"If they're not, they may feel deficient in some way or that something's wrong."But, he adds, "there are huge individual differences in sex drives and individual differences in sexual chemistry within relationships and all sorts of other things — job stress, kids — all sorts of things influence it.It would be alarming if people got too overly concerned with where they stack up in terms of frequency."The U. survey sample, which is not nationally representative nor randomly selected, is 89% white, 68% women, and 56% ages 35 and older."Probably at best, it tells us something about the white, probably better-educated, somewhat higher-income population in the U.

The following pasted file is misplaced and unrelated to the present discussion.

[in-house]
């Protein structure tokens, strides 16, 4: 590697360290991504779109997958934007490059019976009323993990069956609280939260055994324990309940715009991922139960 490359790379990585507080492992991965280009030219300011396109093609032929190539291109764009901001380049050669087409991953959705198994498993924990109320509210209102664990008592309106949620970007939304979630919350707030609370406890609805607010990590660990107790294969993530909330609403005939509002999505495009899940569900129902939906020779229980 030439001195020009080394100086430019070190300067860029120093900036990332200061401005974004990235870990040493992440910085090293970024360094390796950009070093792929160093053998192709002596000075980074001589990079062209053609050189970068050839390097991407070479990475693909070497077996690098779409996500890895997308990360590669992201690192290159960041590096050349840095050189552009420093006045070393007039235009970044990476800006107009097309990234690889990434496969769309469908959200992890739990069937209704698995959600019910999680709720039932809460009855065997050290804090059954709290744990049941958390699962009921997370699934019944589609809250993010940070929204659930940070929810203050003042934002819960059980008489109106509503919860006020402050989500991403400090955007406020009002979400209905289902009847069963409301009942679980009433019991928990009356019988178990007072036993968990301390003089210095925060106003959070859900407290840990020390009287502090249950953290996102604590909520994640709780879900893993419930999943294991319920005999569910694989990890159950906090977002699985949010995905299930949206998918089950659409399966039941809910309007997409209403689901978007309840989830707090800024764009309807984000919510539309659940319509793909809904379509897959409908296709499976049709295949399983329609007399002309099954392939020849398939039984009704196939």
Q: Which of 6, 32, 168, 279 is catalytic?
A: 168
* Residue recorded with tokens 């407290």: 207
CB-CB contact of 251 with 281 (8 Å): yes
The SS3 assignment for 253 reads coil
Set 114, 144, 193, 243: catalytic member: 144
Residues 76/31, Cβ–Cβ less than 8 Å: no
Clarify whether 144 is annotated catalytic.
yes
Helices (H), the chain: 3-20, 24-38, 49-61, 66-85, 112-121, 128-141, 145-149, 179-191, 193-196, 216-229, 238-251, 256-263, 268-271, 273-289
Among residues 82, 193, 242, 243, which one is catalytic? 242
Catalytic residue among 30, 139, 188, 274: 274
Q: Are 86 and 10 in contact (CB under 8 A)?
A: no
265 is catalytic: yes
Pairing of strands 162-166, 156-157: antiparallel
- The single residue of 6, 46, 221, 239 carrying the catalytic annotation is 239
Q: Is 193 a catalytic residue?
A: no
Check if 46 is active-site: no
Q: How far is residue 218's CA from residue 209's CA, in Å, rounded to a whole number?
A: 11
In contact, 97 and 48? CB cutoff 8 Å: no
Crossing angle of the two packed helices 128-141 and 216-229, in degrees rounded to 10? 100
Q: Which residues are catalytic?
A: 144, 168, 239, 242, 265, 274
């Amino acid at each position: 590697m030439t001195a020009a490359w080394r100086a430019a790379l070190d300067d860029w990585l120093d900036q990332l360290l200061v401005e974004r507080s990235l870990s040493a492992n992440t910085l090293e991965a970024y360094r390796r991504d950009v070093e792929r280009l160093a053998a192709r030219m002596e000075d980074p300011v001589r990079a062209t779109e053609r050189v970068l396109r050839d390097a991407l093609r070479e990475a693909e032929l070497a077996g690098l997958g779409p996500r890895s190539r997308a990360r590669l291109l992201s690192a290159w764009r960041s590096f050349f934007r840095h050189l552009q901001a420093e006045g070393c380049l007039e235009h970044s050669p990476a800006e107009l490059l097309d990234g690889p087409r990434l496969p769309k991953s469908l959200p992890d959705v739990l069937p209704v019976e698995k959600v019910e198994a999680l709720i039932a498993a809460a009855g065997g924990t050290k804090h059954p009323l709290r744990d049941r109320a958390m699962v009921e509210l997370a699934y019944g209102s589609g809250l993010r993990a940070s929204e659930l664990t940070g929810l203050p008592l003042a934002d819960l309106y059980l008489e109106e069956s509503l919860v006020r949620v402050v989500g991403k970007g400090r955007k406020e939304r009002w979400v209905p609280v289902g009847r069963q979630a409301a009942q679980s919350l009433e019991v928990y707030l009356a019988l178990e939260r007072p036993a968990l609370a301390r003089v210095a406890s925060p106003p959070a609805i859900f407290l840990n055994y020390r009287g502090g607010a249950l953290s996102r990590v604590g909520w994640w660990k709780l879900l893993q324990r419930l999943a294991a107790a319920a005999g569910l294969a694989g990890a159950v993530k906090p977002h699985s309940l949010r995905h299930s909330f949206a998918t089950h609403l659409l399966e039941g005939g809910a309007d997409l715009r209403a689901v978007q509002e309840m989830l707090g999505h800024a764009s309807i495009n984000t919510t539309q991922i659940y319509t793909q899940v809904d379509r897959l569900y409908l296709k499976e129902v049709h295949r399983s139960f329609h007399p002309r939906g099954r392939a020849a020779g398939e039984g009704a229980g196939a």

And that I will never have to do it again is a hope that I am against hope hopen.What's "normal" and what's not when it comes to human behavior, sexuality and relationships?Researchers who solicited responses to an online survey of almost 100,000 people from around the world, including 23,000 in the USA, get at that question and more than 1,000 others in a new book called The Normal Bar, out Feb. Among their findings, based on responses from individuals 18 and older who are in relationships (both heterosexual and same-sex):-- 40% say they have sex three to four times a week.-- 48% of men and 28% of women report having fallen in love at first sight.-- 43% of men and 33% of women say they are keeping a major secret from their partner."This 'normal' is different from most normals," says co-author Pepper Schwartz, a sociologist at the University of Washington in Seattle.That may be why so many couples avoid the topic entirely - particularly in the early stages of a relationship.Ignoring the topic would have been the easy way out for Pam and Larry, who met on Senior People and now are married.